While NFL Draft pundits and fans alike can give instant reactions to their team's player selections, it's easy to forget that the true value of the picks cannot be fully assessed until after a couple of seasons. Some players become instant starters (Nick Bosa), while others remain works in progress (Javon Kinlaw). Having said that, I want to pull out the receipts on what draft analysts were saying prior to the draft, along with their player comparisons. With the 2021 NFL Draft now in the books, let's review what various scouting outlets were saying about the 49ers' draft picks in this mini-series, "For The Record". The San Francisco 49ers had three draft picks in the fifth round and used their first one to nab Western Michigan offensive linemen, Jaylon Moore, with the 155th pick.

NFL Player Comparison: Bobby Evans

Dane Brugler of The Athletic sums up Moore as an ideal fit in the 49ers' zone run scheme "executing stretch runs and picking off linebackers at the second level" in his 2021 NFL Draft Guide:

Moore displays coordinated movement patterns in pass protection, staying wide and working hard to keep his blocks centered. He won't be a great fit for every scheme, but he is efficient on the move, executing stretch runs and picking off linebackers at the second level. Overall, Moore doesn't play with the power to consistently move defenders off the ball, but he plays with the balance and poise to push for NFL starting reps. He would best fit in a zone-based NFL offense.

NFL Analyst Lance Zierlein sees Thomas "at his best when he's allowed to play on the move"

Athletic tackle/guard prospect who is at his best when he's allowed to play on the move and utilize his athletic ability to create angle advantages in space. He's fluid and consistent on play-side climb-ups to seal the linebacker and has the potential to help create back-side tracks for one-cut runners. He has huge hands and adequate length but needs to win early with those hands or he can be overtaken by stronger defenders. If Moore can eliminate his leaning, he has the technique and traits to be competitive as a blocker. He might need to prove he can offer tackle/guard roster flexibility in order to garner and maintain a backup role.

ESPN Scout Inc.'s draft grade of Moore gave him a 62 grade as a "better fit on the inside."

Moore flashes the ability to generate push in the run game and has the tools to develop into an effective zone-blocker at the NFL level. He leans and falls off some blocks. He takes some false steps. He's quick, he has above-average balance, and he moves well in pass pro. He has the ability to recover, but his footwork is inconsistent. He doesn't have ideal length for a tackle and overextends at times. He may be a better fit on the inside.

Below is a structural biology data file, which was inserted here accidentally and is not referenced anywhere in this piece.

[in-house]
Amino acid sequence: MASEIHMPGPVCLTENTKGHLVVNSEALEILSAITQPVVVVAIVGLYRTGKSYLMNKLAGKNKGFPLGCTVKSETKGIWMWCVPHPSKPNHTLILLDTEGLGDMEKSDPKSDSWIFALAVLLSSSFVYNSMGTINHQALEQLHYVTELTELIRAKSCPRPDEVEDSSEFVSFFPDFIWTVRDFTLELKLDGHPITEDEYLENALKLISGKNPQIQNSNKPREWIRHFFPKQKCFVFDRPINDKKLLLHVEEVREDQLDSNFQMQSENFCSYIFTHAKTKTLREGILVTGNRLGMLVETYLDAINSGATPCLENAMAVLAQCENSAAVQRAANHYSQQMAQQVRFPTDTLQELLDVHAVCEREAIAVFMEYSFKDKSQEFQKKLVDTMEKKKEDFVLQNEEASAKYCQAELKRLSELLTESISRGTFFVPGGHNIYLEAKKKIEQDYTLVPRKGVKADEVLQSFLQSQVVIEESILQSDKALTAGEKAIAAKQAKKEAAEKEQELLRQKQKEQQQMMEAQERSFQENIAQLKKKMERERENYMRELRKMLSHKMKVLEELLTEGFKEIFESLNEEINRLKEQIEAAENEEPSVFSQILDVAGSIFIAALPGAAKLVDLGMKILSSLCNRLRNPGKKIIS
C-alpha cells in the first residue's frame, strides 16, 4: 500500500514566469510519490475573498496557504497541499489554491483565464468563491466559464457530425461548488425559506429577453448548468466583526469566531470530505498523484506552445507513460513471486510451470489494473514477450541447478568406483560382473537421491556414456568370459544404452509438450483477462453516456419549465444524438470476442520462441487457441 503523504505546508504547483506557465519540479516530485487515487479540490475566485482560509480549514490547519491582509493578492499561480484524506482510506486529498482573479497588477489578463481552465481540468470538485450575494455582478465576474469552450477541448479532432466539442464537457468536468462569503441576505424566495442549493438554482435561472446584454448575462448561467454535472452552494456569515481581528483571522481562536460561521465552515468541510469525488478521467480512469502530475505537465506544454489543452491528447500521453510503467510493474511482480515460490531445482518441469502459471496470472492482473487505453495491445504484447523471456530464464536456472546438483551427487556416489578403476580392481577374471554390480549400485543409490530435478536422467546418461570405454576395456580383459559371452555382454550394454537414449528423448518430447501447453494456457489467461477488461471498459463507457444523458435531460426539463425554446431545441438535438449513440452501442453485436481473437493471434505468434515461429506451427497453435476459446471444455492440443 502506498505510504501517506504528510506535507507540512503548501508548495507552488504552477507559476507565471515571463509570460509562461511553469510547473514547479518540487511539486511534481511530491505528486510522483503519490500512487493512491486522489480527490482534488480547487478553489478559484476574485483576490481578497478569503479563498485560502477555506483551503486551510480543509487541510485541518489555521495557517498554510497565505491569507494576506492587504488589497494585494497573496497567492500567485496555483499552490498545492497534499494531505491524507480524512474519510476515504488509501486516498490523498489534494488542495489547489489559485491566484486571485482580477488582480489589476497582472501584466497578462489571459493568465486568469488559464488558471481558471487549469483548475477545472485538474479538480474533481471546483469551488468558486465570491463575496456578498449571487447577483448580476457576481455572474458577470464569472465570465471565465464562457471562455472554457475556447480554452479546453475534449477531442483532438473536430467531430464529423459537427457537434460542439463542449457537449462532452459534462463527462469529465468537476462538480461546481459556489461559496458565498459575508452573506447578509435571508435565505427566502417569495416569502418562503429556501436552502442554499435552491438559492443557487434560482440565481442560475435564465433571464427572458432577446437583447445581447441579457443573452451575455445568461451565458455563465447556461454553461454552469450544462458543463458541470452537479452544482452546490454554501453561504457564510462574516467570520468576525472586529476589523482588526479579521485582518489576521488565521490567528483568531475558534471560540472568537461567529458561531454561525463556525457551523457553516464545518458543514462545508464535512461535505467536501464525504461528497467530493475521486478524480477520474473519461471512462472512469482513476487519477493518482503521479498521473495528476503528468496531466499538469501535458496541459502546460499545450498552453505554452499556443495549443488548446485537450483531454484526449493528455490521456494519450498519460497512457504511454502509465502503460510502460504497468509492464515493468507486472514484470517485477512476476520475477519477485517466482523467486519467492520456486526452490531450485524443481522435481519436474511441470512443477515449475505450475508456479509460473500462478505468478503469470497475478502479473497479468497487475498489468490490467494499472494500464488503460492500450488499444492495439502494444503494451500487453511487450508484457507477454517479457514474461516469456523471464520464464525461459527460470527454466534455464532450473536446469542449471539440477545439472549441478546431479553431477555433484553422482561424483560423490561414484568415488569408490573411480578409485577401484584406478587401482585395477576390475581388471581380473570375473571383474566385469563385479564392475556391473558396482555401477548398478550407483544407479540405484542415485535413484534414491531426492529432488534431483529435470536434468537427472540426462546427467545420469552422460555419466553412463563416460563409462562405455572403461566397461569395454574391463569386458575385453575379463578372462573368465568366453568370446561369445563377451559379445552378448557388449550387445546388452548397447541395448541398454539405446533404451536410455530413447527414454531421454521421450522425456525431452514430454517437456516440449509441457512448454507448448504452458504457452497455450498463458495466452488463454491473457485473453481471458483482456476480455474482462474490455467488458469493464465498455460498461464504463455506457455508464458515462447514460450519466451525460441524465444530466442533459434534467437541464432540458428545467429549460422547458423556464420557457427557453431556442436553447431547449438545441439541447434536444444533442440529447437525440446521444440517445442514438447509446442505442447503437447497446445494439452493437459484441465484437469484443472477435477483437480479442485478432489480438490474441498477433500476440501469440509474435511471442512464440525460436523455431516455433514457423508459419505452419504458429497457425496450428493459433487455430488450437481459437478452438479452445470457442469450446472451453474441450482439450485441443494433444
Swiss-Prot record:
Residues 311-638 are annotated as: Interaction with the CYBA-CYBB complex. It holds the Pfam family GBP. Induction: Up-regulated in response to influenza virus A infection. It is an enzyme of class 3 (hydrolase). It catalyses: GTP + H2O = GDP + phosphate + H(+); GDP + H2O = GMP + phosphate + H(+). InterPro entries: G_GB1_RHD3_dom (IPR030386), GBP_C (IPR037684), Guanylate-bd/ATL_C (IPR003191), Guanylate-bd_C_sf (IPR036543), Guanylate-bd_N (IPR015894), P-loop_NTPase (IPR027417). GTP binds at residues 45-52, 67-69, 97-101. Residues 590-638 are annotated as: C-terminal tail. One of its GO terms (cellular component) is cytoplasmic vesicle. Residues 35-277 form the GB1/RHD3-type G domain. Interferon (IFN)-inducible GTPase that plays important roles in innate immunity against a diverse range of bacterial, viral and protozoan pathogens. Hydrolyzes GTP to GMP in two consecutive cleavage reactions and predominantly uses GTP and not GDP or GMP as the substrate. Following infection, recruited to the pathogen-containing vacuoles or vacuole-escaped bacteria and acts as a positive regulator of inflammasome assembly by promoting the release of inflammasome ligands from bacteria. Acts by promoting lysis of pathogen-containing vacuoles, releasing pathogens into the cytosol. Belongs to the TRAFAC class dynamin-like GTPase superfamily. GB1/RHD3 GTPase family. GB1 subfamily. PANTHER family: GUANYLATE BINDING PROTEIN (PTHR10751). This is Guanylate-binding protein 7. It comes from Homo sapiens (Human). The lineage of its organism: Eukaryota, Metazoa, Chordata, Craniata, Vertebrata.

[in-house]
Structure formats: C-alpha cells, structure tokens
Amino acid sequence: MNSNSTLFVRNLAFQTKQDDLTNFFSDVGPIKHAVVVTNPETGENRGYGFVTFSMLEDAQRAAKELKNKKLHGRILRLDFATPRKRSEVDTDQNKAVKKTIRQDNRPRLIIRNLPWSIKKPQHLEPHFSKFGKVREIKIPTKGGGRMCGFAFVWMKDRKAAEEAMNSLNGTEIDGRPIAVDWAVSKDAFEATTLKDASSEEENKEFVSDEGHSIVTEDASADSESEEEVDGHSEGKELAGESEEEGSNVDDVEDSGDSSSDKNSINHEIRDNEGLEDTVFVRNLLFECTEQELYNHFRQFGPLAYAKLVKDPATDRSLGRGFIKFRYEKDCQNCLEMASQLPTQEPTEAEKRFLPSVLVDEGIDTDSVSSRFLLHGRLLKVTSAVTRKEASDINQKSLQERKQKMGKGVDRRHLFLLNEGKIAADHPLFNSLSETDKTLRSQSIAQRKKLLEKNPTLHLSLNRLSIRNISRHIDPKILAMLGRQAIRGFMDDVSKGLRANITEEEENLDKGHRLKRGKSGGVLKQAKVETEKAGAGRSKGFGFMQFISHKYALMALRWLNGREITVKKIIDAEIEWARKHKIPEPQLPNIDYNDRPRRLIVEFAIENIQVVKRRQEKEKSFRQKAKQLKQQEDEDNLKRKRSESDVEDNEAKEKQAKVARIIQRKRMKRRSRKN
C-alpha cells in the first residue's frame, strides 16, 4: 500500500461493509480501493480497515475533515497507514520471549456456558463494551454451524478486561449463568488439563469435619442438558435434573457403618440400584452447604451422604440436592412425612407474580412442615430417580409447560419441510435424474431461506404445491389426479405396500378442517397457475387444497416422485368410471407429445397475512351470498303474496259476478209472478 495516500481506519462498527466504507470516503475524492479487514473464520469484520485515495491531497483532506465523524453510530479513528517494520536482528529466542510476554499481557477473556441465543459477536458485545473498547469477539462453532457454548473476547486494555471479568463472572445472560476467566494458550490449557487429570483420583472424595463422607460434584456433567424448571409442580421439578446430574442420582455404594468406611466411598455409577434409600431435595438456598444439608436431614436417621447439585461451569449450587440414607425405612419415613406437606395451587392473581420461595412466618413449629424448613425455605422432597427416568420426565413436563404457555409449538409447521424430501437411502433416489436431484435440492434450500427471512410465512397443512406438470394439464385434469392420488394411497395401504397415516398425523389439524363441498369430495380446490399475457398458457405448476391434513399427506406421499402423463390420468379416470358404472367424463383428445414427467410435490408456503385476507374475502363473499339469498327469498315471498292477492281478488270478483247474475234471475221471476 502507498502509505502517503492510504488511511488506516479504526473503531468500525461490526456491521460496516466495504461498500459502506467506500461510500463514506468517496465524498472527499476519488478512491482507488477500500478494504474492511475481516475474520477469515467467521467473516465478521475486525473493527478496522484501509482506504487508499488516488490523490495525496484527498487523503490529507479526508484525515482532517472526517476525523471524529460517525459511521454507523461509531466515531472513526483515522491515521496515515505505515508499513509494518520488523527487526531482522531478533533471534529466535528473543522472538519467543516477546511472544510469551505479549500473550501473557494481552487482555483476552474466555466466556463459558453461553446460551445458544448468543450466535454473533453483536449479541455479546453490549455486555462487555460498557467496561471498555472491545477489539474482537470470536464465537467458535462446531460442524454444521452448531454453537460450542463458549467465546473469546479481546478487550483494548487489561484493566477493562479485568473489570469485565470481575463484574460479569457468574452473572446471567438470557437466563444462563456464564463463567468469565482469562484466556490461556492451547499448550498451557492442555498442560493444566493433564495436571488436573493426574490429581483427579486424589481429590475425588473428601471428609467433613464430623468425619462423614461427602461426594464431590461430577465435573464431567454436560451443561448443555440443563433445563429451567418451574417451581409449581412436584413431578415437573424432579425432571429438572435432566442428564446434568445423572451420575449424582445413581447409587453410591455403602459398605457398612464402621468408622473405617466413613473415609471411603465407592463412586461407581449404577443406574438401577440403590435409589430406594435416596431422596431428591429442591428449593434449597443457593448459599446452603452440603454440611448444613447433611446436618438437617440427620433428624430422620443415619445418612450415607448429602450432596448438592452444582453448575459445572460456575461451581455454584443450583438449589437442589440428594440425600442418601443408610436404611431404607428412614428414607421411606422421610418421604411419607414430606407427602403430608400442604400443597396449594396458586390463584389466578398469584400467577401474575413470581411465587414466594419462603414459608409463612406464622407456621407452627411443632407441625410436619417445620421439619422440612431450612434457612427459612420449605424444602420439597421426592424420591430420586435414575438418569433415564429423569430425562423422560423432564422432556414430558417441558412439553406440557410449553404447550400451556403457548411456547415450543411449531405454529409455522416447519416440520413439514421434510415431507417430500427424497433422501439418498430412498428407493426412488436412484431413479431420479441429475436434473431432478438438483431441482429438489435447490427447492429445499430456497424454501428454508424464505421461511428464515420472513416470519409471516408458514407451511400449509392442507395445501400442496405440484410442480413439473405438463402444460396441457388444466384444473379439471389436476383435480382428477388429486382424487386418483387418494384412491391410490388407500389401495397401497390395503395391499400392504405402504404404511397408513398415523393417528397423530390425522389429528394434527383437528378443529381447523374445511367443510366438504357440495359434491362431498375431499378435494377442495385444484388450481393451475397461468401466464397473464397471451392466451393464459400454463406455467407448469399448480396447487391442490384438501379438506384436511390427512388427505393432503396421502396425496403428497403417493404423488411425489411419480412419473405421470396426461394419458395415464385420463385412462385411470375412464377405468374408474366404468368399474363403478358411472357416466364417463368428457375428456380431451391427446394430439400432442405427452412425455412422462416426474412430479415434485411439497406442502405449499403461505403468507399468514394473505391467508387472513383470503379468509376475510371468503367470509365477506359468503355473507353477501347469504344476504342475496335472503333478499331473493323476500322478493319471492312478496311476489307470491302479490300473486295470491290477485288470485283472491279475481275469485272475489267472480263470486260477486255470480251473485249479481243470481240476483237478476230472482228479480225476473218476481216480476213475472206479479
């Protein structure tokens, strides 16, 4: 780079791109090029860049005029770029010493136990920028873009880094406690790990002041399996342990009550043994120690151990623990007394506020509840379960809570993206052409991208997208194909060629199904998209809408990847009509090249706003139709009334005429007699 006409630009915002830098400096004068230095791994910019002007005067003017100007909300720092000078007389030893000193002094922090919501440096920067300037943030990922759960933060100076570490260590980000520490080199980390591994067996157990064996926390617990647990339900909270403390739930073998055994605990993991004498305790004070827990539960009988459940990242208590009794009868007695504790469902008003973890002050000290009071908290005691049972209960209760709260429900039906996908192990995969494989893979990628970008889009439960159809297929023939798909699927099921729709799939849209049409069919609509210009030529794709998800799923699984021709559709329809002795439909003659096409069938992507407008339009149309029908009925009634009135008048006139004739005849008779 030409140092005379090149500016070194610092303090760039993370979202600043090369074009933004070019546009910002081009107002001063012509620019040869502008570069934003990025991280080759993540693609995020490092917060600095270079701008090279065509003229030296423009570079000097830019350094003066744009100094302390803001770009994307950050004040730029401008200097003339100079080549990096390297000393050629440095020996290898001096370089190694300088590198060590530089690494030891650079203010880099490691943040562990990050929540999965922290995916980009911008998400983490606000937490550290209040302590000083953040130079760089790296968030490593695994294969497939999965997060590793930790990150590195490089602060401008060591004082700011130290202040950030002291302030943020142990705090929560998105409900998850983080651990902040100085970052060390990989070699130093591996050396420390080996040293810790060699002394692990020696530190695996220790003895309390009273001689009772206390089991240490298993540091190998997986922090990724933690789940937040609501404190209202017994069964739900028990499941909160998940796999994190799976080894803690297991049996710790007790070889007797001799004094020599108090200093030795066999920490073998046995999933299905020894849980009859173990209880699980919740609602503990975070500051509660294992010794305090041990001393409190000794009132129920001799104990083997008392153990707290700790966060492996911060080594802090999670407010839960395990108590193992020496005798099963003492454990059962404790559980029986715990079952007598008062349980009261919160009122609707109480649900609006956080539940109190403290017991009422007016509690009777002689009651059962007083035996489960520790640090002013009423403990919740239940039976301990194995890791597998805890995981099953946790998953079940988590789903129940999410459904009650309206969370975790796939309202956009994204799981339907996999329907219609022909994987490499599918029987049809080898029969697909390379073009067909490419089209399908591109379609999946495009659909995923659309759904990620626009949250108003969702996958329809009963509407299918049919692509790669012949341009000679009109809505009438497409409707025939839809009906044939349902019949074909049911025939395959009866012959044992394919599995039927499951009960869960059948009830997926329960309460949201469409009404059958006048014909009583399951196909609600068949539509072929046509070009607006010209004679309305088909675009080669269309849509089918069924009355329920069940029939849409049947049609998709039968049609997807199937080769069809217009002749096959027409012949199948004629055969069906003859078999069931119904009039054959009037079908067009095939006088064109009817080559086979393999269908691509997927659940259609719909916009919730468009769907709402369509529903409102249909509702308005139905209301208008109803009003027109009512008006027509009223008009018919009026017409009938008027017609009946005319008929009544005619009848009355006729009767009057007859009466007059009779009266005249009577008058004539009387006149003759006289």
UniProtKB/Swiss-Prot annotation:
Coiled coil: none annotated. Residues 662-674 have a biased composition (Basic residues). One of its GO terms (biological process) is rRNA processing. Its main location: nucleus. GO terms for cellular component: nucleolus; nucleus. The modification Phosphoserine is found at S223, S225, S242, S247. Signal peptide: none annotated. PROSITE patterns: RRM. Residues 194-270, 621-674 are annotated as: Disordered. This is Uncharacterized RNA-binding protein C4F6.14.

Pro Football Focus thinks Moore has "people-moving strength" but said it was disappointed with his actual production during its live analysis of the 2021 NFL Draft:

Moore played left tackle at Western Michigan, but he could kick inside to guard with the 49ers, who drafted Notre Dame's Aaron Banks at that position on Day 2. Moore has people-moving strength and impressive physical tools. That never translated to high-end production in the MAC, though. The 2020 season marked the first time in his college career where he earned a PFF grade higher than 75.0.

Similar to former 49ers tackle Joe Staley, Moore was originally recruited as a two-star tight end before converting in college to defensive end and later offensive tackle, where his mobility served him well at Western Michigan. Western Michigan has actually been a surprising powerhouse for NFL linemen with Chukwuma Okorafor (Pittsburgh Steelers), Taylor Moton (Carolina Panthers), and Luke Juriga (Philadelphia Eagles) all hailing from the same college in recent years, which bodes well for Moore's chances of contributing in the NFL.

While second-round pick Aaron Banks is known more as a bruising offensive lineman at 6'5" and 338 lbs., Moore fits the typical mold as a zone-blocking offensive lineman at 6'4" 310 lbs. with the athleticism to go upfield. The concerns lie more in his power and leverage against better competition at the next level.

The 49ers have had particular success in the fifth-round in past NFL drafts with tight end George Kittle, linebacker Dre Greenlaw, and cornerback D.J. Reed working out well. Similar to the running back position, the 49ers doubled down on offensive linemen in the mid-rounds with the selection of Moore. Moore was a three-year starter at left tackle but projects as a guard and might have swing tackle versatility for depth purposes.

Considering all the injuries they had on both sides of the trenches, I can't fault the 49ers for investing in their offensive line. They paid a heavy premium to retain left tackle Trent Williams and will need to be strategic on how they replenish their front for the future. It seems like the 49ers are gearing up for a more physical brand of football with two offensive linemen and running backs apiece to build around the rookie quarterback, Trey Lance.